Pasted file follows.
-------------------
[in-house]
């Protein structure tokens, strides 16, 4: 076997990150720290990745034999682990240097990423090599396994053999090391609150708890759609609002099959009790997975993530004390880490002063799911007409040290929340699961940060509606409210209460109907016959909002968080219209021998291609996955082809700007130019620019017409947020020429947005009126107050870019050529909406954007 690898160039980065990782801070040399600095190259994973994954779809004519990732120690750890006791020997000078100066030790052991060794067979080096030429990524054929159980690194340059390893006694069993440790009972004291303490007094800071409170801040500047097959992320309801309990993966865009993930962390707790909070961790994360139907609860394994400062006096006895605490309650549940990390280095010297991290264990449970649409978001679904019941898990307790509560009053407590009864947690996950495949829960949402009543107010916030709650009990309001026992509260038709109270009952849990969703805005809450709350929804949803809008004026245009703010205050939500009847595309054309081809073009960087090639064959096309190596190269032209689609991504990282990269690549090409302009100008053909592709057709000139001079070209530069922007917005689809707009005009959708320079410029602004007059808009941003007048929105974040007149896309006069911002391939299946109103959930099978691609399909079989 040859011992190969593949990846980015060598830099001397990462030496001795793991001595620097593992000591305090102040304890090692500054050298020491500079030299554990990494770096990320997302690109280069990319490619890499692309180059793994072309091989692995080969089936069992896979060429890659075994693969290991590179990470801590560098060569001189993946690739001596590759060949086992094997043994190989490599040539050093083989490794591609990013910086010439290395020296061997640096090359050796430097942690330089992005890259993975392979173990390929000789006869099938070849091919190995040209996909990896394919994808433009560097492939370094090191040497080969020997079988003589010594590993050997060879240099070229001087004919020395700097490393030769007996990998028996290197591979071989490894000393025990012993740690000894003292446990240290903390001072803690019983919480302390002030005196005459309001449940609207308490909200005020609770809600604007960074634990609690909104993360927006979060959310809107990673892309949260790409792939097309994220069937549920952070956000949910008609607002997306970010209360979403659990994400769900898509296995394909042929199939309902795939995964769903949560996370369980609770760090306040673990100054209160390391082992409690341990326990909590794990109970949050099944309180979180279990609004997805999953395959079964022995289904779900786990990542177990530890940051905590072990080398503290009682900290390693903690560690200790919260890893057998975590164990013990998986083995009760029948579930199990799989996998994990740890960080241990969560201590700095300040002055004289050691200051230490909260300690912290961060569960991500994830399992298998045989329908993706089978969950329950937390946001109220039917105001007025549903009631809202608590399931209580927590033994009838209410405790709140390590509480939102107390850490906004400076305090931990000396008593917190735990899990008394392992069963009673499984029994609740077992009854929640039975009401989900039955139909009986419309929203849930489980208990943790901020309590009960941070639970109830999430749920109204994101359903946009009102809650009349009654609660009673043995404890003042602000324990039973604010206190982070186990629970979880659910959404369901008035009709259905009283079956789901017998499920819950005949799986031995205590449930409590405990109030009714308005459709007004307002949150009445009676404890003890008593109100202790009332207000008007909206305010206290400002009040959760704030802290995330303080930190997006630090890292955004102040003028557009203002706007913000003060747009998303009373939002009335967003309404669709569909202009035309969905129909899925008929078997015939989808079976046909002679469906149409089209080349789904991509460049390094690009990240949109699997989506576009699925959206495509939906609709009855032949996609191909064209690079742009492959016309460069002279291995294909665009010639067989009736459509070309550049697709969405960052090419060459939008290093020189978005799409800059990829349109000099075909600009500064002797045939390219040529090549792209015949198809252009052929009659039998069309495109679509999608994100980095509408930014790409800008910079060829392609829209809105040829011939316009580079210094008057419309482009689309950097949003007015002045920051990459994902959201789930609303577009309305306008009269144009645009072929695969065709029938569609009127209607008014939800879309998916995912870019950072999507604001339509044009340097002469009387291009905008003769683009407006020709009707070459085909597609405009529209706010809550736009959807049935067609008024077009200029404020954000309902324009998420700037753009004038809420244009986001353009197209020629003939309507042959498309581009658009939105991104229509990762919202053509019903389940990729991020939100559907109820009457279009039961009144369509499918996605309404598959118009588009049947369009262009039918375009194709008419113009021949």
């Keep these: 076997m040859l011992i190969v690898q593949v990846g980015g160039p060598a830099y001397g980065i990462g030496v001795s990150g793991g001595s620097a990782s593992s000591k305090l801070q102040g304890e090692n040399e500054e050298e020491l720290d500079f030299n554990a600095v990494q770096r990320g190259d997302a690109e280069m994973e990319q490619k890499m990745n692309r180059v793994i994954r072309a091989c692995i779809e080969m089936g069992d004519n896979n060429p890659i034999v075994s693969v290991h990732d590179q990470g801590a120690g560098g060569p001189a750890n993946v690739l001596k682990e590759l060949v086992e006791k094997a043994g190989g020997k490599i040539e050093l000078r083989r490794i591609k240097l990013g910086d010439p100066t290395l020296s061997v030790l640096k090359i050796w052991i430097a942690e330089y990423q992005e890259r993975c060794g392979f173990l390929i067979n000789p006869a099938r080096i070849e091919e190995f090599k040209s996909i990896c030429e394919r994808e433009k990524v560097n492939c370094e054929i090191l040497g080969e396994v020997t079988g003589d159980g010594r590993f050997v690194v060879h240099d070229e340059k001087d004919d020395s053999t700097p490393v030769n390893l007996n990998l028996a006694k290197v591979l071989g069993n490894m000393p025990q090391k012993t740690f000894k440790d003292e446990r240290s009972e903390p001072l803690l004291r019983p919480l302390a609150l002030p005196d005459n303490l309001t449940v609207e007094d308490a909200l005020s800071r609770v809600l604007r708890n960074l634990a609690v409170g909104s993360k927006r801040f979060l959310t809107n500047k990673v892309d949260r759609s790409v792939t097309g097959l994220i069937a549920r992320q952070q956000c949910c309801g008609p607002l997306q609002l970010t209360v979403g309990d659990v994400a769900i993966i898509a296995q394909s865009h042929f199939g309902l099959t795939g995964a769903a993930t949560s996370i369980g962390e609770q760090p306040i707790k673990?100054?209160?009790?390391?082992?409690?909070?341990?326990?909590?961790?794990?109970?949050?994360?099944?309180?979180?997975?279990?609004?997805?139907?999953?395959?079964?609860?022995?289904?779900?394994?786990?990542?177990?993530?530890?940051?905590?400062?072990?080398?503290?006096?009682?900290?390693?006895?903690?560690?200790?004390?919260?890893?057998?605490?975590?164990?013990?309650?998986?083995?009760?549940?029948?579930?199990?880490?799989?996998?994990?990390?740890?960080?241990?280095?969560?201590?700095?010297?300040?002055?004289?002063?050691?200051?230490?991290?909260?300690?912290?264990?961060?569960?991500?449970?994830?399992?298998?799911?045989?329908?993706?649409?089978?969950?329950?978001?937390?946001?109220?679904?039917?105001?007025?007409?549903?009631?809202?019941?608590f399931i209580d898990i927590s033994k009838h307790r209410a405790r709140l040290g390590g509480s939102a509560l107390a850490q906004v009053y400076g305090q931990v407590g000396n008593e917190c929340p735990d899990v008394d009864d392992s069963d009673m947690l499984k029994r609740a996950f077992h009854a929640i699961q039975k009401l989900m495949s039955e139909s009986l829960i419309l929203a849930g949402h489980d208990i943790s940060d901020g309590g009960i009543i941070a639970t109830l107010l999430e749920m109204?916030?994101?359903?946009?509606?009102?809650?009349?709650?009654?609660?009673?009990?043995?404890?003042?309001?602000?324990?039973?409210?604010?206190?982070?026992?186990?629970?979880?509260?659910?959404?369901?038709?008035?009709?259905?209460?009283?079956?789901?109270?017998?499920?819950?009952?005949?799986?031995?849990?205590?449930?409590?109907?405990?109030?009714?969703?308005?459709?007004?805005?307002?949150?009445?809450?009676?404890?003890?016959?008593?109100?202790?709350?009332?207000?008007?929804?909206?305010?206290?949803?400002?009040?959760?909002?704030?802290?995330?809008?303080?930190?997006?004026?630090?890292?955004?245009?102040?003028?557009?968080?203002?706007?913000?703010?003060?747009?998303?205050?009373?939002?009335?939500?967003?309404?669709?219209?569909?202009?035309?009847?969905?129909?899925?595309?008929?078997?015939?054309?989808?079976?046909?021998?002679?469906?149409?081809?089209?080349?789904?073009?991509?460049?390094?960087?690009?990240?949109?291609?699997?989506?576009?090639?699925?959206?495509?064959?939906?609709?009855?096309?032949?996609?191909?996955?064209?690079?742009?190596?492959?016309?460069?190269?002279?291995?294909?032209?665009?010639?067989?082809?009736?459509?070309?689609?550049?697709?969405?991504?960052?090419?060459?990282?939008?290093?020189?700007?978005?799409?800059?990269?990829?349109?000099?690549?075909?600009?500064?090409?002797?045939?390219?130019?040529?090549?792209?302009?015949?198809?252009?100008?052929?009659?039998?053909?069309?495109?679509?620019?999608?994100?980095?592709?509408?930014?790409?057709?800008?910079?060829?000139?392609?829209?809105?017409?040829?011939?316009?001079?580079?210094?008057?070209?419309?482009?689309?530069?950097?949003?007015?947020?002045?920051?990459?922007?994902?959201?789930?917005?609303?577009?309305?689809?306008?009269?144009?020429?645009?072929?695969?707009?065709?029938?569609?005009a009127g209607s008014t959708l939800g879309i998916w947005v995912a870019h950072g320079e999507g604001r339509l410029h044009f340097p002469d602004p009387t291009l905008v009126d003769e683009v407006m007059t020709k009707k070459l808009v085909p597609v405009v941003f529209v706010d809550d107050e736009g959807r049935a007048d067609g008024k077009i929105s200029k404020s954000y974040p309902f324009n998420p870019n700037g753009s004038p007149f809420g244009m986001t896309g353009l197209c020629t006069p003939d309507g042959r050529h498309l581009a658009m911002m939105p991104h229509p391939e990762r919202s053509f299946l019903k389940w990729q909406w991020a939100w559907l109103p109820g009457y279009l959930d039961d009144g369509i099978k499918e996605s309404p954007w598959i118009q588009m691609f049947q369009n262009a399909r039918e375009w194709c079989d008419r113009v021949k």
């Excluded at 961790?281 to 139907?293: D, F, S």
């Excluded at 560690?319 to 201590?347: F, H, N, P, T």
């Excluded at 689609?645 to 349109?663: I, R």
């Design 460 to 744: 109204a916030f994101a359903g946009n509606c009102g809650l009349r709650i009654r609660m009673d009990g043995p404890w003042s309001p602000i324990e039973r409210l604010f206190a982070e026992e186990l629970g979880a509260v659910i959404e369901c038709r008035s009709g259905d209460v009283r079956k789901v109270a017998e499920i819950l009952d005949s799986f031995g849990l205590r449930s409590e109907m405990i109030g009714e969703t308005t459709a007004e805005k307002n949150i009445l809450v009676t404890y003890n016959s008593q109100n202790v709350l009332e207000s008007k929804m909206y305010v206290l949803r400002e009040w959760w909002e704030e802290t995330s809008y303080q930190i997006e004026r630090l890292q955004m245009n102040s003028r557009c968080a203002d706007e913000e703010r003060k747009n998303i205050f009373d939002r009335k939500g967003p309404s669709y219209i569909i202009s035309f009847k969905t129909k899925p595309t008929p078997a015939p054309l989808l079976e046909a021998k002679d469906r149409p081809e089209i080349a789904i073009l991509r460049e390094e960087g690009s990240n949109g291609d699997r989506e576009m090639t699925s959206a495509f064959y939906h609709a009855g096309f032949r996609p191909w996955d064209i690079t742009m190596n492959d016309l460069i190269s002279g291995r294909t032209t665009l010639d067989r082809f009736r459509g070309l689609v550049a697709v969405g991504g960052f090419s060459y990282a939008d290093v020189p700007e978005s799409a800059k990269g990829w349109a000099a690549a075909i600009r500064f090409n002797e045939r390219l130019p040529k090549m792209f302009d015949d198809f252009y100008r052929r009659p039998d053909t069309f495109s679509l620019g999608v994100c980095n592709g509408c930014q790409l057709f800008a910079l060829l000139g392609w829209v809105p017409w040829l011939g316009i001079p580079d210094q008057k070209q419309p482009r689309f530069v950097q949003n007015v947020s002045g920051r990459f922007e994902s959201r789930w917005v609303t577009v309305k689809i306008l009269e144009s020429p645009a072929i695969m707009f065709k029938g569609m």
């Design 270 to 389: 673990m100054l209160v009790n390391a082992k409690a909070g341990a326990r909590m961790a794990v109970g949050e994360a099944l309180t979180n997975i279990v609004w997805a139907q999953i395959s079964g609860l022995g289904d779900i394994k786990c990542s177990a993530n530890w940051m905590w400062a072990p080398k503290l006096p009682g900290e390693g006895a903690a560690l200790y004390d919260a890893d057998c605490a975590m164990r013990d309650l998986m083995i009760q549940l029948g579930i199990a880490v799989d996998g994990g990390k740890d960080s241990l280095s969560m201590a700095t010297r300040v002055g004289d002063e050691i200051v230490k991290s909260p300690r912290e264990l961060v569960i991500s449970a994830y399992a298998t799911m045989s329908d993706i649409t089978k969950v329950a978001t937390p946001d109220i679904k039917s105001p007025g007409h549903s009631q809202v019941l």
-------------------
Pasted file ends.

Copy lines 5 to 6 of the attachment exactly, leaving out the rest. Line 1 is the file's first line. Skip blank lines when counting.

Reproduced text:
């Excluded at 560690?319 to 201590?347: F, H, N, P, T």
């Excluded at 689609?645 to 349109?663: I, R």